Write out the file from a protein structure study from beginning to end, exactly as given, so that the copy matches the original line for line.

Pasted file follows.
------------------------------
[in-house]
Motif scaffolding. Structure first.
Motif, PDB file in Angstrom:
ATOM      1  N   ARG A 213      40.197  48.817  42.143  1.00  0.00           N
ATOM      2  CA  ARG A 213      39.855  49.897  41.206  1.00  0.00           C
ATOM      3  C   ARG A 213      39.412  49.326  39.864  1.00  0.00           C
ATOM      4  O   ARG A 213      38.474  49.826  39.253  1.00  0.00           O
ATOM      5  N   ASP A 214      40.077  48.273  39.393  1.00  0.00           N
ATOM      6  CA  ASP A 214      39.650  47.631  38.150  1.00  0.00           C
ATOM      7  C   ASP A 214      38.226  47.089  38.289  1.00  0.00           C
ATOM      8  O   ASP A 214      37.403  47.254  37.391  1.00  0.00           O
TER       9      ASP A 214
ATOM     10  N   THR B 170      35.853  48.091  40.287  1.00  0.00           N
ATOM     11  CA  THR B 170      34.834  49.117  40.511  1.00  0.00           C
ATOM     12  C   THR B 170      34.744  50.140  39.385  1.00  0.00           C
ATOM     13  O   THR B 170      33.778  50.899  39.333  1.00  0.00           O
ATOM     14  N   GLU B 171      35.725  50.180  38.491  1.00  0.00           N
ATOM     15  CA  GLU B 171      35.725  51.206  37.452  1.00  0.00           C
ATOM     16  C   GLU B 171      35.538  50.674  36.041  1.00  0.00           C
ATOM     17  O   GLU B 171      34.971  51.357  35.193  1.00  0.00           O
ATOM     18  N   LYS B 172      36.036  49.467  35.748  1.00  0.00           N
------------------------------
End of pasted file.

[in-house]
Motif scaffolding. Structure first.
Motif, PDB file in Angstrom:
ATOM      1  N   ARG A 213      40.197  48.817  42.143  1.00  0.00           N
ATOM      2  CA  ARG A 213      39.855  49.897  41.206  1.00  0.00           C
ATOM      3  C   ARG A 213      39.412  49.326  39.864  1.00  0.00           C
ATOM      4  O   ARG A 213      38.474  49.826  39.253  1.00  0.00           O
ATOM      5  N   ASP A 214      40.077  48.273  39.393  1.00  0.00           N
ATOM      6  CA  ASP A 214      39.650  47.631  38.150  1.00  0.00           C
ATOM      7  C   ASP A 214      38.226  47.089  38.289  1.00  0.00           C
ATOM      8  O   ASP A 214      37.403  47.254  37.391  1.00  0.00           O
TER       9      ASP A 214
ATOM     10  N   THR B 170      35.853  48.091  40.287  1.00  0.00           N
ATOM     11  CA  THR B 170      34.834  49.117  40.511  1.00  0.00           C
ATOM     12  C   THR B 170      34.744  50.140  39.385  1.00  0.00           C
ATOM     13  O   THR B 170      33.778  50.899  39.333  1.00  0.00           O
ATOM     14  N   GLU B 171      35.725  50.180  38.491  1.00  0.00           N
ATOM     15  CA  GLU B 171      35.725  51.206  37.452  1.00  0.00           C
ATOM     16  C   GLU B 171      35.538  50.674  36.041  1.00  0.00           C
ATOM     17  O   GLU B 171      34.971  51.357  35.193  1.00  0.00           O
ATOM     18  N   LYS B 172      36.036  49.467  35.748  1.00  0.00           N